A survey by the Prison Governors Association (PGA) reveals that at least 60 prison managers suffer from symptoms ranging from severe pain and loss of balance to panic attacks and a feeling that "my brain doesn't work". Bob Duncan, governor of Wakefield high security prison, said last week: "I don't know how I cope some days. I hear of colleagues cracking and I wonder why it doesn't happen to me. You just despair and wonder what you've managed to do all day."
These disclosures will add to the sense of crisis in the prison service since the escape of three life prisoners from Parkhurst on the Isle of Wight. The director-general, Derek Lewis, and prison officers are openly at odds over the reasons for the breakout. The trio remained free last night The majority of governors in the PGA survey complain of being unable to absorb what they read or hear. They report panic attacks, hyper-ventilation, digestive problems, aching muscles and disturbed sleep patterns, cold sweats and back pain.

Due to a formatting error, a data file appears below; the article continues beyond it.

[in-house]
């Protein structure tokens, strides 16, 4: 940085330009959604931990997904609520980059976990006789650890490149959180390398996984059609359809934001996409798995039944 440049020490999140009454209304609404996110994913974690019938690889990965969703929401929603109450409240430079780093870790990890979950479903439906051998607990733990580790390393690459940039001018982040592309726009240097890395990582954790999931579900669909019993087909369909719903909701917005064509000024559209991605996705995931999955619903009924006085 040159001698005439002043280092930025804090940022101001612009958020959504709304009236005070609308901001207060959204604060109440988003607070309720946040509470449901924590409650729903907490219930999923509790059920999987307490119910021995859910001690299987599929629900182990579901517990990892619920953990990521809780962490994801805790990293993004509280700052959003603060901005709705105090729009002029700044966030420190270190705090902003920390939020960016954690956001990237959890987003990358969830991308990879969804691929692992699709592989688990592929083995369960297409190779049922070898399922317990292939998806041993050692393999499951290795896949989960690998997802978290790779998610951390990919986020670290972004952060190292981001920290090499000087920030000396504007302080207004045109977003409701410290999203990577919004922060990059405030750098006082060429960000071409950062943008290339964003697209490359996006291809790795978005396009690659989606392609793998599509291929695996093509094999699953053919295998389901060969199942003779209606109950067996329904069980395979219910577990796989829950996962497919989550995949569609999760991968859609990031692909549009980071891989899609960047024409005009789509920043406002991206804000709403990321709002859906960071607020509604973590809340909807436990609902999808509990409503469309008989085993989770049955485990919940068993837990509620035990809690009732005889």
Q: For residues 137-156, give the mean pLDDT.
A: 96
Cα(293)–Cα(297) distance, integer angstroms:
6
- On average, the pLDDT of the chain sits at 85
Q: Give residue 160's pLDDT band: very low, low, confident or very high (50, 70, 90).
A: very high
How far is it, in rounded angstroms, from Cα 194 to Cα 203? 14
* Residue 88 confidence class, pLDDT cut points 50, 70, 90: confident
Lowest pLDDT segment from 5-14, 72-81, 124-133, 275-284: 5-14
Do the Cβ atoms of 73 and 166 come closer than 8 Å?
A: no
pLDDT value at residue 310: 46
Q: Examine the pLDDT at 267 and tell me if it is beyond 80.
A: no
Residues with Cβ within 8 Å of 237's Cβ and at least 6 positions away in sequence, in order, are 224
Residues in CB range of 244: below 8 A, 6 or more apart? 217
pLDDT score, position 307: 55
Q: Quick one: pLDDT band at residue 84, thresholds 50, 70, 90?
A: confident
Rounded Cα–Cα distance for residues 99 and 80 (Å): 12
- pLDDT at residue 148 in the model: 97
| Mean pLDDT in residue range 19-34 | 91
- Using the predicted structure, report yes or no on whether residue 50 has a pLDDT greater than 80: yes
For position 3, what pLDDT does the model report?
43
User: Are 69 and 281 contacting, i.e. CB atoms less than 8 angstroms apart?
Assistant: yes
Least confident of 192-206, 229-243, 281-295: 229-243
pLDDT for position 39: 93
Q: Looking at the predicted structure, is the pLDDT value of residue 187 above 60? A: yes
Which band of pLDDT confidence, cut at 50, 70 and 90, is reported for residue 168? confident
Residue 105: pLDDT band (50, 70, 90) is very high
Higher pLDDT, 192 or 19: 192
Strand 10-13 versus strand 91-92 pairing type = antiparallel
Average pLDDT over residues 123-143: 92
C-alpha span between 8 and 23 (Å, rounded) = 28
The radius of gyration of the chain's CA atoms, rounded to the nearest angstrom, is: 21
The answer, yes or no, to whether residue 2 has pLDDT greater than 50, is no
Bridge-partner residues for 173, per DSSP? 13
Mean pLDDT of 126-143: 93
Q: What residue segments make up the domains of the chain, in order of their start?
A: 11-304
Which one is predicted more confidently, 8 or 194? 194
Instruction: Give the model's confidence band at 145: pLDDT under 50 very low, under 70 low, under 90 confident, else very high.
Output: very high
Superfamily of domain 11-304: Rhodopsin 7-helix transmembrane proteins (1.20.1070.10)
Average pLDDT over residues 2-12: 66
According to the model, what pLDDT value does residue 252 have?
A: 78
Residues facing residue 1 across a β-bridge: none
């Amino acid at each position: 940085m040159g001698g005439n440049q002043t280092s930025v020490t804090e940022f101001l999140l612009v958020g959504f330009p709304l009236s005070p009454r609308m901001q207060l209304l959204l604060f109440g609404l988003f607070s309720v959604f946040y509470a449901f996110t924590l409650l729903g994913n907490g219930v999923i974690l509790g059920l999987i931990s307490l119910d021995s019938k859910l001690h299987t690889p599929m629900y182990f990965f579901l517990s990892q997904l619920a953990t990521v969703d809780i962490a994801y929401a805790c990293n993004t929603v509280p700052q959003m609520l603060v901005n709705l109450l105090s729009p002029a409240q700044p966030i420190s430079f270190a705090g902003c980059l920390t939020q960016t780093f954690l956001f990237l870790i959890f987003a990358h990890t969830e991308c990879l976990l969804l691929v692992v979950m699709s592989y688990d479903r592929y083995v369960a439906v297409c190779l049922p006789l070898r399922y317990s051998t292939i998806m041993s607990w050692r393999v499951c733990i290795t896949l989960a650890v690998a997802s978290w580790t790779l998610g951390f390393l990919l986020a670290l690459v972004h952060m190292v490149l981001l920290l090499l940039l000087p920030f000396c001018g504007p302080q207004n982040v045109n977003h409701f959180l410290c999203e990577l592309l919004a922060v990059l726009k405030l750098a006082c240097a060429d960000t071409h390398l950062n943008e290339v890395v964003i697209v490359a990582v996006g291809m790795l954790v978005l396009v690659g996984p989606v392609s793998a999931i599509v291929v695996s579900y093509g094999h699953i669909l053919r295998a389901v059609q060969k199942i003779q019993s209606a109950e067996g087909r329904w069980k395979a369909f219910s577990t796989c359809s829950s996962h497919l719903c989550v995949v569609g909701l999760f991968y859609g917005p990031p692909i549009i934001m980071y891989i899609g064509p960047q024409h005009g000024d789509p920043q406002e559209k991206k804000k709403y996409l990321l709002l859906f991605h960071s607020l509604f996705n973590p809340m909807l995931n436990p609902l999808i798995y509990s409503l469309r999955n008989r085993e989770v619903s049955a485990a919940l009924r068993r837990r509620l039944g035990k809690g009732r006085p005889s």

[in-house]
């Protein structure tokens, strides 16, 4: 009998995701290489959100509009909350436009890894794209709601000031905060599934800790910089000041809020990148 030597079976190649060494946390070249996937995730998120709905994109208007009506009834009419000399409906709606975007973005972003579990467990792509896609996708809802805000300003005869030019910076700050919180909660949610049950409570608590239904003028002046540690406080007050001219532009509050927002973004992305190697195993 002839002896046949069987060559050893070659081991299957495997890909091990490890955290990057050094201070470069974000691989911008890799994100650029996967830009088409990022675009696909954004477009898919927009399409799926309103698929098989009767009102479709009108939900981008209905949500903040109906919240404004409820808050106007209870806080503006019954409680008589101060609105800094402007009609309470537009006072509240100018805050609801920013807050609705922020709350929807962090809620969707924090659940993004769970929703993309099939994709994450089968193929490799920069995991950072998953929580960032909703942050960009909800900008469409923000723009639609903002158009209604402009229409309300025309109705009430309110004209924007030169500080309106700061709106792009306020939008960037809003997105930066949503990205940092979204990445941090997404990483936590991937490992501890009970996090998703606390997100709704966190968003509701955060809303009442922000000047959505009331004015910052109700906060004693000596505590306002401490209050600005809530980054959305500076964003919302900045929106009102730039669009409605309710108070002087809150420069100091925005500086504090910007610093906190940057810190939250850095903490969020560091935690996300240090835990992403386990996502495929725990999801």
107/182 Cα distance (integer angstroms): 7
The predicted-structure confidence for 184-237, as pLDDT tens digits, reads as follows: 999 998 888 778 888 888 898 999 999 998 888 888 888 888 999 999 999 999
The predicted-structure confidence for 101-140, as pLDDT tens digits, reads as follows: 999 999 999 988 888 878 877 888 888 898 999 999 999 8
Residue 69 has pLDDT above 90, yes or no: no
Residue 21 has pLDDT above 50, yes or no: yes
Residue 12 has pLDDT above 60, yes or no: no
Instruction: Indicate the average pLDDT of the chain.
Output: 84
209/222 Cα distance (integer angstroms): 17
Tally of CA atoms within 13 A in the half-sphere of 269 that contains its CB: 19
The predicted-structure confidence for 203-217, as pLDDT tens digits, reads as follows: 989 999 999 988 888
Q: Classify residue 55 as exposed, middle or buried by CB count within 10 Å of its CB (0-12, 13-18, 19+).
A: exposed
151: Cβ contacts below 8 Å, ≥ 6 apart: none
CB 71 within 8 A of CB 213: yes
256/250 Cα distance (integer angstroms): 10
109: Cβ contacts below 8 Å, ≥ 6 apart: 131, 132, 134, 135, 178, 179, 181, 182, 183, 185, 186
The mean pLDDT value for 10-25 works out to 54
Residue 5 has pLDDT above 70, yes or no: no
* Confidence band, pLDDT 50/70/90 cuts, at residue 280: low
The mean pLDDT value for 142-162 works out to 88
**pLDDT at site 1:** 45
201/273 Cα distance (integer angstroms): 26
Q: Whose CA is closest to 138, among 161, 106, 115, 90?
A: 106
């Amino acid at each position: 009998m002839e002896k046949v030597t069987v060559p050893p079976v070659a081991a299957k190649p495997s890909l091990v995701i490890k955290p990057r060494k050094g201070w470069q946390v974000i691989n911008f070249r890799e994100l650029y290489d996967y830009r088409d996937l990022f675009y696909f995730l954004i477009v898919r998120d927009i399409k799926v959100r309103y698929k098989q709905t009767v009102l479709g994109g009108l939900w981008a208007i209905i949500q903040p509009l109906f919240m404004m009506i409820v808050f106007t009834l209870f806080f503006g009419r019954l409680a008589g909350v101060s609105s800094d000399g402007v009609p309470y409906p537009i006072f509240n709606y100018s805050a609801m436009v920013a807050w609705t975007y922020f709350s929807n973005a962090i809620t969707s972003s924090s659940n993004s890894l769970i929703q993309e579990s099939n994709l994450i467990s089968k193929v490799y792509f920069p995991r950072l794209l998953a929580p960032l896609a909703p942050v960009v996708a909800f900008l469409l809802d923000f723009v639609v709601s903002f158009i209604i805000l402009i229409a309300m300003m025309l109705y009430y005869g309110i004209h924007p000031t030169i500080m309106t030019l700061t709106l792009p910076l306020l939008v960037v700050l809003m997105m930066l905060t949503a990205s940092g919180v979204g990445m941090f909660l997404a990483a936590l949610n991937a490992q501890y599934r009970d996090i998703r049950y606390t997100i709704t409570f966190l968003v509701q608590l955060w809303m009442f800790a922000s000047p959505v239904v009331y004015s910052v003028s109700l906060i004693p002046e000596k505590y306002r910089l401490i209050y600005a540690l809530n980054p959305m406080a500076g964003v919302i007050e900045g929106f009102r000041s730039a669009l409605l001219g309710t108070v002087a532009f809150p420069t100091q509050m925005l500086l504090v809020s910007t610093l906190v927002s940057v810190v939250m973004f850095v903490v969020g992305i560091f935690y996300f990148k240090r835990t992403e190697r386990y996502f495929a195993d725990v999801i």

There were 10 prison staff suicides last year - double the 1992 figure. Nine suicide attempts failed last year, up from one in 1989. Some were governors. Mr Lewis insists that the growth in staff suicides is related to their private lives rather than work, but governors say stress at work "must contribute".
Prison managers say they are collapsing under the strain of penal policy made by a Home Secretary more concerned with appeasing voters than with running jails efficiently. They accuse him of making policy with an eye to tabloid headlines and with little idea of the consequences.David Roddan, general secretary of the PGA, said prison management had become increasingly stressful since Mr Howard was appointed: "The prison population has gone up by 10,000 - 25 per cent. The goalposts are moving all the time. First we had the Strangeways riot and the Woolf report calling for a softer regime. Now we have market testing, privatisation and demands for tough regimes."
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